Oliver Evans
A happily insured rider. Photo: Nick Monette.

In May, I crashed during a race in North Carolina. It wasn’t terrible, but on account of my knee cap being exposed and me fainting, I was sent off in an ambulance and had some x-rays done.

Crashing is a reality of racing and since usually the rider assumes responsibility for any injury they receive while racing or training, it is expected that all riders will have travel insurance. Really you should also have travel insurance regardless of whether you are racing or not. Well, I certainly thought I had it, so despite asking people around me not to put me in an ambulance and not to take me to the hospital (just in case), I wasn’t actually that worried when I was tossed onto a stretcher.

Anyway, fast forward to the end of August. I return late one night from a five day hike and find a letter in the kitchen addressed to me, and it’s a collection notice from the ambulance and hospital back in North Carolina. The sudden jolt of reality and reminder of a sort of past life, after spending the better part of a week sleeping on beaches on a remote island and staring at campfires and the night sky instead of a screen; it was rude welcome home.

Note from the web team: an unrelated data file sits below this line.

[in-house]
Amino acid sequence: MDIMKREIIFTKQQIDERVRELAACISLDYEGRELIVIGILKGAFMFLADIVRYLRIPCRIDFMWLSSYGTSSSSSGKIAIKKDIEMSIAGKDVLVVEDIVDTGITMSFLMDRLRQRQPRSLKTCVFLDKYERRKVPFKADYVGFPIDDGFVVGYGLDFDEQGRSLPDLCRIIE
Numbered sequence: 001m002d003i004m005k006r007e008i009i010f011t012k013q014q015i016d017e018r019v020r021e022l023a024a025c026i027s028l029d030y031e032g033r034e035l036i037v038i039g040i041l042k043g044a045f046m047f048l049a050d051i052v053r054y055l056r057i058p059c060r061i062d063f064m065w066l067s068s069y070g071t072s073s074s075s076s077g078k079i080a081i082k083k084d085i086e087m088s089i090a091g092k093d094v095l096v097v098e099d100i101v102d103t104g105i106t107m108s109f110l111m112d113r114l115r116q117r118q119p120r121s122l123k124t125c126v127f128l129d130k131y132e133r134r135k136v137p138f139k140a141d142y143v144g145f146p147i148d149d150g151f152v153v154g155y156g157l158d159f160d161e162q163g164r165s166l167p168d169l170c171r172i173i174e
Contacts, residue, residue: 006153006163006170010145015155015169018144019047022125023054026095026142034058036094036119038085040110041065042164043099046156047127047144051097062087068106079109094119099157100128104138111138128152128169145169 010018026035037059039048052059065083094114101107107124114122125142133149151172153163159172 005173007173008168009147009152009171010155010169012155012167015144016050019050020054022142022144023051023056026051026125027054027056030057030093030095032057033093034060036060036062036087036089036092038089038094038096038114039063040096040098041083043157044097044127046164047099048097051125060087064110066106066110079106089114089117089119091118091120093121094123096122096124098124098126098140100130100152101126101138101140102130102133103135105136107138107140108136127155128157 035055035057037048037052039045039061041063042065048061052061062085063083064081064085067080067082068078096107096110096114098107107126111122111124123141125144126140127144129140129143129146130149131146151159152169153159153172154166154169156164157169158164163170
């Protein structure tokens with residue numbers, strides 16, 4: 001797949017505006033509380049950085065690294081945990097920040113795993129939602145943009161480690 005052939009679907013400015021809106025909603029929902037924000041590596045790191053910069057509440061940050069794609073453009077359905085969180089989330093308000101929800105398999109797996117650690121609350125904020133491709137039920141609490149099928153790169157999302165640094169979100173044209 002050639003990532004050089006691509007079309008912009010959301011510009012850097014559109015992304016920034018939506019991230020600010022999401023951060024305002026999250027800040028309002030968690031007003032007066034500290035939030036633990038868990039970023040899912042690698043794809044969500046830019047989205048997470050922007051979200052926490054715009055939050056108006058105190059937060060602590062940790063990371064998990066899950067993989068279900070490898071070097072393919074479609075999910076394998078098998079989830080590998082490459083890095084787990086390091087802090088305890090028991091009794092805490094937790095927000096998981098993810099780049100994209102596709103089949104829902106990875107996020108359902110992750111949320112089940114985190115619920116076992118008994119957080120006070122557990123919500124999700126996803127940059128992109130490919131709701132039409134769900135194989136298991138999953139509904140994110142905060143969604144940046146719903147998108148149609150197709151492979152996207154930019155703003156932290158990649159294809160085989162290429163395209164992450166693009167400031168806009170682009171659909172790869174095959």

I was staring at a bill for several thousand dollars, and I had planned to register myself for some university courses the following morning.

After a few days my good friend, Jon Watkin, informed me that when purchasing a Cycling BC license, you’re also purchasing insurance. I had no idea and was definitely a bit skeptical. As it turns out, Jones Brown does in fact insure Cycling BC members for accidents that take place during sanctioned events if their existing medical plan won’t cover certain expenses.

This was amazing news. As of this morning, I no longer owe an American hospital thousands of dollars for some band-aids, a fancy ride, and some black and white photographs. In fact, I can go to school instead.

I’m not sure how I missed this and I don’t doubt that many of you already know about the insurance, but just in case, I suggest looking into your provincial cycling association to see what they have to offer. I now know that Manitoba, Saskatchewan and Ontario are part of Cycling Canada’s National Insurance Program provided by Holman Insurance Brokers. I’m guessing that most provinces are. It appears to me that the insurance provided in this plan is more or less the same as what I received from Jones Brown.

Now that I’ve researched it a little bit, I realize that I was quite ignorant. I’m so happy to see this sort of support for cyclists. I was always under the impression that there wasn’t any support like this, and that’s my bad. I feel very fortunate to have received coverage and hope that everyone is aware of what we have access to.

Oliver Evans 20-year-old cyclist from Winnipeg, currently living in Victoria.

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1 Comment

  • Gloria says:

    You are obviously a very clever young man Oliver and your writing this feature on cyclists having insurance is another sign of you sharing your learned informative
    Knowledge. Wishing you well in your studies.
    Question: do you know of any universities that offer bursaries to cyclists?

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